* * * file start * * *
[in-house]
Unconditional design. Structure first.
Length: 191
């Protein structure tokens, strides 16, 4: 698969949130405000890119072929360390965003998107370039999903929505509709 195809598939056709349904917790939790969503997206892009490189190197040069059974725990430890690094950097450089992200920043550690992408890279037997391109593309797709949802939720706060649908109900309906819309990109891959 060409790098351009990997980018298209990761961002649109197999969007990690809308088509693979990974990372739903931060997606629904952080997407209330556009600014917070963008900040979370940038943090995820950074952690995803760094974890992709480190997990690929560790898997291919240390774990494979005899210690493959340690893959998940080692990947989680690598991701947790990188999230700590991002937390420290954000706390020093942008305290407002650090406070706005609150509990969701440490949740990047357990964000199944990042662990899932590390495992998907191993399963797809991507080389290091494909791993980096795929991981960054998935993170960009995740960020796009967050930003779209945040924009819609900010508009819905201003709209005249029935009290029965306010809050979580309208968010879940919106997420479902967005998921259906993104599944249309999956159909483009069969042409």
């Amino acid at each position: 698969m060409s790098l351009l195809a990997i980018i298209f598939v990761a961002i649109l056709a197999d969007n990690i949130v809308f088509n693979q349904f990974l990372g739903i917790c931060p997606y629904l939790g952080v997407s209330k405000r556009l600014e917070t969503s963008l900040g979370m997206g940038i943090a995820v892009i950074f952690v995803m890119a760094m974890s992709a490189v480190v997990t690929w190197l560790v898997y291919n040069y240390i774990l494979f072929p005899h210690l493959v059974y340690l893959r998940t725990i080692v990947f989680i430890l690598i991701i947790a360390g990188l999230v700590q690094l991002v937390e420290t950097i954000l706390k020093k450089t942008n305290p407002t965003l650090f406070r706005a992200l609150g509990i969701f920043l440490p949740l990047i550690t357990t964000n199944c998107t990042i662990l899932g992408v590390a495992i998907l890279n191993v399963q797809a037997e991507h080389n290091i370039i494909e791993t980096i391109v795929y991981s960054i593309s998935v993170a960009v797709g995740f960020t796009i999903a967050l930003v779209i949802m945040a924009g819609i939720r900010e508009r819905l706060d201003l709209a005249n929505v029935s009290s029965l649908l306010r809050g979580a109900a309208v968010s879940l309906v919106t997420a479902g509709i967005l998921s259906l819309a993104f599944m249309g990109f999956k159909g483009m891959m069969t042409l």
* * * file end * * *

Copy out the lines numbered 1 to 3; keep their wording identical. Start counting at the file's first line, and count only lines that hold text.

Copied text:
[in-house]
Unconditional design. Structure first.
Length: 191